Articles America Plays Moneyball: promoting data-driven government

America Plays Moneyball: promoting data-driven government

Across the world there are increasing calls for evidence to play a greater role in government policy. In the US, Results for America are leading the rallying cry. In this blog, Michele Jolin, their CEO and Co-Founder, discusses the growing bipartisan support for data-driven government and the work that Results for America is doing to promote this agenda.

When President Obama released his fiscal year 2016 Budget request, most of the focus was on his “middle-class economics” proposals and whether Republicans would find any elements in the budget to support or would the U.S government’s budget process remain broken. What received far less attention were the many proposals spread throughout the Budget designed to increase the use of data, evidence and evaluation in federal government programs.

For example, President Obama’s Budget request proposed: expanding set-aside funds for rigorous evaluations at the U.S. Departments of Labor, Education, and Health and Human Services; increasing resources to promote Pay for Success initiatives at five federal departments and agencies; doubling funding for evidence-based innovation funds; supporting results-driven federal discretionary and mandatory programs; and authorizing projects to give cities and states additional flexibility to combine federal funds and focus on outcomes.

A data-driven approach to government

These proposals build on earlier efforts by President George W. Bush and represent an encouraging sign of the momentum building behind an “invest in what works” approach to governing in the United States.

We have seen other promising signs as well. Notably, last fall, then-U.S. House Budget Committee Chair Paul Ryan (R-WI) and then-U.S. Senate Budget Committee Chair Patty Murray (D-WA) jointly proposed bipartisan legislation that would create a commission designed to realize the potential of administrative data. The Obama Administration has now embraced that proposal in its Budget.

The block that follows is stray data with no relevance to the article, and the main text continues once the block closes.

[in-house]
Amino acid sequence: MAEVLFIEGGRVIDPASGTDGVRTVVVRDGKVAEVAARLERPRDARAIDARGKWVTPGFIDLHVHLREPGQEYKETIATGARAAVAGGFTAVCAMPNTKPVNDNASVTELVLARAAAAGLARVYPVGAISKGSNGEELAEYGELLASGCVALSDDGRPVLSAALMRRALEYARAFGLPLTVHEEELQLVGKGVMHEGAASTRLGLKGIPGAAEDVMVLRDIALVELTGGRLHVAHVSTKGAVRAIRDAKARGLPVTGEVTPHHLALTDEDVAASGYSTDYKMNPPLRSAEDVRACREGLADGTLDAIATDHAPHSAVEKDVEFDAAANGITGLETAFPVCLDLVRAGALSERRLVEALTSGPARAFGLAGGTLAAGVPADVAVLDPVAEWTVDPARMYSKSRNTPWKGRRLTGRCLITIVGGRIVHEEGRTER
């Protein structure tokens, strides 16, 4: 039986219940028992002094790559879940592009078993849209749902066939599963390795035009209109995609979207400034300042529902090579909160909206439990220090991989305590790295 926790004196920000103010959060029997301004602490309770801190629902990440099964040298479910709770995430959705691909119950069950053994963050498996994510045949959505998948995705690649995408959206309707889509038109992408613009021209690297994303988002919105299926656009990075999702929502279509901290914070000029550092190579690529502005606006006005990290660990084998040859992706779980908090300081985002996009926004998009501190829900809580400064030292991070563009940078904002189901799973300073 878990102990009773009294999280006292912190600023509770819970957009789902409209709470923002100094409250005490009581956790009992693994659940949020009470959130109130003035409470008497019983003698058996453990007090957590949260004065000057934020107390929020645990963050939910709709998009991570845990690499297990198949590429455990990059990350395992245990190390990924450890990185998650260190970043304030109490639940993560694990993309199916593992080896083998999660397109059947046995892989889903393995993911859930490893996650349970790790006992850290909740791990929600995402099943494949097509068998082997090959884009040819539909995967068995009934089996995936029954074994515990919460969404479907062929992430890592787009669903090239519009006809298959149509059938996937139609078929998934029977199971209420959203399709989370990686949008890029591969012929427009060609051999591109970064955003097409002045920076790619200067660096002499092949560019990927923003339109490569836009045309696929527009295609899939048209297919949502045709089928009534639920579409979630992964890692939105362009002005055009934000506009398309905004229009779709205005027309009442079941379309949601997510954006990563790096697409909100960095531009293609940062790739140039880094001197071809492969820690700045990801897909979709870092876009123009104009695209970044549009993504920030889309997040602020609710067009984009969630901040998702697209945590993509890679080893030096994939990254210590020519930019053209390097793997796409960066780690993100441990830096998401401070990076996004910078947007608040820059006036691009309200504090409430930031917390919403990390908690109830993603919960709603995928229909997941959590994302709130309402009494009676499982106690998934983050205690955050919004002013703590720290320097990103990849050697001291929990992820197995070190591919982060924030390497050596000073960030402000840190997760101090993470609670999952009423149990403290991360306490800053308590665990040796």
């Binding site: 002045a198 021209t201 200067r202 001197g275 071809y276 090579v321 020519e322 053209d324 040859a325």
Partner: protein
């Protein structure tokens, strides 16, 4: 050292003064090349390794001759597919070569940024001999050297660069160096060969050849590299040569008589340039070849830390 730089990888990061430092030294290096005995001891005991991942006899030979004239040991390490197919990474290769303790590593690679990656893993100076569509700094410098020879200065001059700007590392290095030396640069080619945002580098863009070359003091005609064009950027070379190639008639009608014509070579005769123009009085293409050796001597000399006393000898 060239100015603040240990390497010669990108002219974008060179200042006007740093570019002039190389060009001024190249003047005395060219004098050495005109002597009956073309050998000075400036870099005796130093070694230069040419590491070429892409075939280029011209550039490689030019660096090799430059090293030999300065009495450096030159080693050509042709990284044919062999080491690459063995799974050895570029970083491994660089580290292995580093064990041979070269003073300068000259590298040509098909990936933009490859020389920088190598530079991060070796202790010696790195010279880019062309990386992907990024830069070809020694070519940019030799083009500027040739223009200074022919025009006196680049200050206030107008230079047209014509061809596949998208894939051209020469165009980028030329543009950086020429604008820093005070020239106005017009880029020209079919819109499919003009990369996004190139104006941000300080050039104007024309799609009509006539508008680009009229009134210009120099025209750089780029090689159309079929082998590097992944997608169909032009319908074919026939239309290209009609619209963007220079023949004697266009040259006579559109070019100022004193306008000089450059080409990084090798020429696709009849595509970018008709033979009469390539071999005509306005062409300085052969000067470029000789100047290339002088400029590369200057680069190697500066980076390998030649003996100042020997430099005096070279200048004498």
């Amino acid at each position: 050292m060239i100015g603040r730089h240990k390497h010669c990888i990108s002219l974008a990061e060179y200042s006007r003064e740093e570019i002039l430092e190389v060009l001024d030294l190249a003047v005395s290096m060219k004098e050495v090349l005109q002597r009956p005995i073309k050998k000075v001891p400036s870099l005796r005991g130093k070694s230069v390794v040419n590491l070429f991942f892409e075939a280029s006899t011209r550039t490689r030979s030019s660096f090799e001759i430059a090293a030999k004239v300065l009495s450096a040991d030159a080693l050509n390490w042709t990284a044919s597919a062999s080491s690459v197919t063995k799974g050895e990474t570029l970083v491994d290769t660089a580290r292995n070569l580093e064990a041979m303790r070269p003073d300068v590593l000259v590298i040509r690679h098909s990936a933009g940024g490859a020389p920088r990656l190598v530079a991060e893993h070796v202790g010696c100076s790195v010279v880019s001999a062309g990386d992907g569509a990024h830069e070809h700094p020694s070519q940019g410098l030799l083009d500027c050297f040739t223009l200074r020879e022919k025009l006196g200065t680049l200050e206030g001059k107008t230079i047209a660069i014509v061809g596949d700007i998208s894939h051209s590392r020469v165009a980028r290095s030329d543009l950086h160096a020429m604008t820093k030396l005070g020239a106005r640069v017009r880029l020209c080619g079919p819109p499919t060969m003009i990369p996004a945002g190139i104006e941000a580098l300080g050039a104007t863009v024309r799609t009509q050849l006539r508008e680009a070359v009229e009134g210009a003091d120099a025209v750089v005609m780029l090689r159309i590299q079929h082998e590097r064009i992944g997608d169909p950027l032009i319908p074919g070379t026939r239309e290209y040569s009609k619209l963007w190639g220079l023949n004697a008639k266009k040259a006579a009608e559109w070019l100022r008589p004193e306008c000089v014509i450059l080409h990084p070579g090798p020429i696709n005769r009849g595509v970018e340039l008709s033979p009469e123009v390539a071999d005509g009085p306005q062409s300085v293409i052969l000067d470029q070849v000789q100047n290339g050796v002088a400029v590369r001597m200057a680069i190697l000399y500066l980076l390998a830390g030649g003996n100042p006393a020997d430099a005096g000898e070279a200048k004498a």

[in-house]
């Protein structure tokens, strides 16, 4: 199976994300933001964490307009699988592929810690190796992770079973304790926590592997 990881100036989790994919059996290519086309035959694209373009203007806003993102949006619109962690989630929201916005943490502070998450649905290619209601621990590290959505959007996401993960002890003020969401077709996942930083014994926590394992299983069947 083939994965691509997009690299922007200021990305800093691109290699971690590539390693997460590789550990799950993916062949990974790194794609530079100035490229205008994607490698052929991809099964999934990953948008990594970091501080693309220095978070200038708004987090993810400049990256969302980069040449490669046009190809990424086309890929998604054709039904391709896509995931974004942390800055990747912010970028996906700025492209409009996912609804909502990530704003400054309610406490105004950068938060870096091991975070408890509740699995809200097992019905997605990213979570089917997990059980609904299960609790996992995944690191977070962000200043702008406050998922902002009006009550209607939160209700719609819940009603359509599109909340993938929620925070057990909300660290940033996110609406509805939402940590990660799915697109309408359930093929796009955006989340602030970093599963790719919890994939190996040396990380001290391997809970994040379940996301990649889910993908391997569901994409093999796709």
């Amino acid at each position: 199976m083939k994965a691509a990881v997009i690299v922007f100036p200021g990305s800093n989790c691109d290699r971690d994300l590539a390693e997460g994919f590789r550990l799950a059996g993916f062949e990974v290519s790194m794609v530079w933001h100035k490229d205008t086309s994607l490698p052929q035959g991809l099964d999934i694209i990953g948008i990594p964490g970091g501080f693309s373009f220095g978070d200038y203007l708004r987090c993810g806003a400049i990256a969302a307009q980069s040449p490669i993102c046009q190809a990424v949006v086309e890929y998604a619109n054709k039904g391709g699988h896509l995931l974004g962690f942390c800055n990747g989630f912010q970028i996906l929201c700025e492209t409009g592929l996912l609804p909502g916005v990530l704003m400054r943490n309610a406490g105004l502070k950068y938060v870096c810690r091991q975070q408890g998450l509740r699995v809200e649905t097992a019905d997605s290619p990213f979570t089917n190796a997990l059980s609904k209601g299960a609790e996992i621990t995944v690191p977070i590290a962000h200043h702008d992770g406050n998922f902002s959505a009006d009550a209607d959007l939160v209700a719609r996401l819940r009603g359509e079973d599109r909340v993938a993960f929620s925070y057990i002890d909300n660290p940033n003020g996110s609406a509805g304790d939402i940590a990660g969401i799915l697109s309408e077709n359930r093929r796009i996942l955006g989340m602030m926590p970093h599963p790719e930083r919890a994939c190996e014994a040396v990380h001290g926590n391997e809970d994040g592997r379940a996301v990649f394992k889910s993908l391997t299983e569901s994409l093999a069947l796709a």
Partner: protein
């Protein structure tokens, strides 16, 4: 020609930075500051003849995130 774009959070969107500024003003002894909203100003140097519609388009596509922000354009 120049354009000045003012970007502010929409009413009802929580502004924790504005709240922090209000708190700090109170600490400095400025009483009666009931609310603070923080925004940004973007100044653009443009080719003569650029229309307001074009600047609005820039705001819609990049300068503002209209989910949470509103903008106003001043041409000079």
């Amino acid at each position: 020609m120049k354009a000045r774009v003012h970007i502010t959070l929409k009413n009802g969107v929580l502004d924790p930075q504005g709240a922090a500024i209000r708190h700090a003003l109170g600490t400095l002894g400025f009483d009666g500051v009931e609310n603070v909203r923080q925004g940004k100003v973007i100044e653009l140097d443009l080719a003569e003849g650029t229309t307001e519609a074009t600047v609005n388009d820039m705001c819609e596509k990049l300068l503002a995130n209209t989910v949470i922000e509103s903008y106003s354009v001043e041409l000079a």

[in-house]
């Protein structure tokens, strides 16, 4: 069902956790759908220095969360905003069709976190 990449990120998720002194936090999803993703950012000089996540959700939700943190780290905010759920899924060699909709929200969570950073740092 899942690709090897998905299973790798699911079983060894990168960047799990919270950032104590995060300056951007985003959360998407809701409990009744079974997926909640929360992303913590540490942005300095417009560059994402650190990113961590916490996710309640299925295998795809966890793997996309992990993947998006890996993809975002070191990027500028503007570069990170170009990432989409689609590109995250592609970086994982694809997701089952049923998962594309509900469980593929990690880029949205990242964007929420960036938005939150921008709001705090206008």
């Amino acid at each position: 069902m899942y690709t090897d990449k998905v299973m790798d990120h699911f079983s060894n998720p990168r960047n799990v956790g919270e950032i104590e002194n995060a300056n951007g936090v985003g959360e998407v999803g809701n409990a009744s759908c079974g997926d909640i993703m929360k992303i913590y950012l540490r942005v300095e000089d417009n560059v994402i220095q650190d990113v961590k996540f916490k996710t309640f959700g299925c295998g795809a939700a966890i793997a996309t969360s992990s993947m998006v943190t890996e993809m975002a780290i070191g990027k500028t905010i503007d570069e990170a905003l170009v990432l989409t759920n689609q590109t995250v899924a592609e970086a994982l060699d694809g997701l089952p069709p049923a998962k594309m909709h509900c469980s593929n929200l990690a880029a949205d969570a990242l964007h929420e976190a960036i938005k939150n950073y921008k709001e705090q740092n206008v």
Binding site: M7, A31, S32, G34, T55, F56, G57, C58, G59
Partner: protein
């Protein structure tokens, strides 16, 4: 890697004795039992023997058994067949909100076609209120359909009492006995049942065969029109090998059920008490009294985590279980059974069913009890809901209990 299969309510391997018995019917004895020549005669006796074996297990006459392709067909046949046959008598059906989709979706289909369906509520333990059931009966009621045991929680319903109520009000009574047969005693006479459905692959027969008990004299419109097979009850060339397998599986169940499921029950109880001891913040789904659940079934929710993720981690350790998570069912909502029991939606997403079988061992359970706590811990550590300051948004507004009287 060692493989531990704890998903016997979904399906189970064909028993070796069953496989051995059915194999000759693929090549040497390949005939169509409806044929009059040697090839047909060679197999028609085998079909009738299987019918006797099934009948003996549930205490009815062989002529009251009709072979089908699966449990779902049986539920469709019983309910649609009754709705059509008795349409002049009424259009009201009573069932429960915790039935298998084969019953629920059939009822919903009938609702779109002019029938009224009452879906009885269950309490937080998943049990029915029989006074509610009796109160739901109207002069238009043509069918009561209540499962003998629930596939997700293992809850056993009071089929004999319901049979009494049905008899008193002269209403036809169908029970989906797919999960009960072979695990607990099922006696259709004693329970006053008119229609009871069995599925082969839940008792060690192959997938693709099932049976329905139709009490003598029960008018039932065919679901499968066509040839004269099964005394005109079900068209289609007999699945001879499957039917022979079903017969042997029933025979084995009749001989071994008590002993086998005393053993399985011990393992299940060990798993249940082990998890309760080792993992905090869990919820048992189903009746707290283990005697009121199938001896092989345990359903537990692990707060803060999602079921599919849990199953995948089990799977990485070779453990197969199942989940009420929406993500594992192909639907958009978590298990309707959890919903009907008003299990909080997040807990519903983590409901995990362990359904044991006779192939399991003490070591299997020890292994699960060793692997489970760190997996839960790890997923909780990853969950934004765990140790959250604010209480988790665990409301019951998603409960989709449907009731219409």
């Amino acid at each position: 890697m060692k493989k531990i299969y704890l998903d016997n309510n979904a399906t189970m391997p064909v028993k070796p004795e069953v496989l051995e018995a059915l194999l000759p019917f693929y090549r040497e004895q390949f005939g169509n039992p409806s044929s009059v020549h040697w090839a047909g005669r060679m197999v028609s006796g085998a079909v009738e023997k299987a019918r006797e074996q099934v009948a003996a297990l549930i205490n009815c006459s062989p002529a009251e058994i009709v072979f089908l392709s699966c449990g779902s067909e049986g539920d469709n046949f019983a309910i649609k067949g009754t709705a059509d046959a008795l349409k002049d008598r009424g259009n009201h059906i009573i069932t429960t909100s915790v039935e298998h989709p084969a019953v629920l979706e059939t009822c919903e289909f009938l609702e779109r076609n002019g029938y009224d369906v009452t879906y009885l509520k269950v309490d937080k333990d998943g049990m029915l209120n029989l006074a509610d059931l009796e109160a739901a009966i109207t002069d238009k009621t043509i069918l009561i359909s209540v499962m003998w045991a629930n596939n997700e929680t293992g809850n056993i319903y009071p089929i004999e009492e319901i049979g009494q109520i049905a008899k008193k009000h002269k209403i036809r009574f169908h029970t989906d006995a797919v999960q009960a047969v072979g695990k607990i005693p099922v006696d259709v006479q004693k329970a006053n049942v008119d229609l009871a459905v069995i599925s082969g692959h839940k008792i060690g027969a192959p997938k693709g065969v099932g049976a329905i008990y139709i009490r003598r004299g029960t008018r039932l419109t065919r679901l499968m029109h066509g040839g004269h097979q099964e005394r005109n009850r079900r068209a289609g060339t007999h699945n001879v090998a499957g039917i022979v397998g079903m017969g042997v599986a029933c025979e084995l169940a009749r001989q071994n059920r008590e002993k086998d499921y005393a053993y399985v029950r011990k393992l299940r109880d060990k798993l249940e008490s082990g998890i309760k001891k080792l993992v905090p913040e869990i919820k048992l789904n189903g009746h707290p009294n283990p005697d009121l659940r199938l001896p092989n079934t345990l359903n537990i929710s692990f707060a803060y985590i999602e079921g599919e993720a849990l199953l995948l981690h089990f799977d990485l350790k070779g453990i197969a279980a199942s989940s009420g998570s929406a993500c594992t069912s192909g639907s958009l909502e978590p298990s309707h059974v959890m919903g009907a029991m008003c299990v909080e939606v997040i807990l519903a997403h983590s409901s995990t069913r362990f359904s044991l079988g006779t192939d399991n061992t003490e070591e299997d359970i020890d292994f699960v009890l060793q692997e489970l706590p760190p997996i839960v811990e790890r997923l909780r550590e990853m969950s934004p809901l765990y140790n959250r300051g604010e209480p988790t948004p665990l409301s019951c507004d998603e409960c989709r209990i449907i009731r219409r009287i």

Results for America is working to expand these efforts across all levels of government. That’s why in 2013, we launched the Moneyball for Government campaign. Named after the book and movie about Major League Baseball’s famous 2002 Oakland A’s team that succeeded against big-spending opponents by using a data-driven approach, Moneyball for Government seeks to ensure that policy and funding decisions by governments are informed by the best possible data and evidence about what works. By using data and evidence of impact, governments are able to allocate scarce taxpayer dollars wisely and have a bigger impact on improving the lives of young people, their families and communities.

Bipartisan support

We are optimistic about this approach to governing and know it can be achieved in America in a bipartisan way. For proof, we need to look no further than the great bipartisan group of current and former U.S. government leaders, including U.S. Senators Kelly Ayotte (R-NH) and Mark Warner (D-VA), who recently came together to write the best-selling book Moneyball for Government. In the book, the authors make the case that investing in what works can provide a roadmap out of American political gridlock and encourage government to change how it works so that data, evidence and evaluation drive policy and funding decisions.

We know that this change won’t come easily. However, if we can bridge the gap between knowing what works and our elected officials and policy makers using that information to get better outcomes, we can improve lives nationwide and ultimately, around the world.

Interested in reading other blogs in our series from the USA and Canada? Check out ‘What is Evidence-Based Policy?‘ & ‘We need to turn up the volume on this quiet revolution‘.

 

Views expressed are the author’s own and do not necessarily represent those of the Alliance for Useful Evidence. Join us (it’s free and open to all) and find out more about the how we champion the use of evidence in social policy and practice.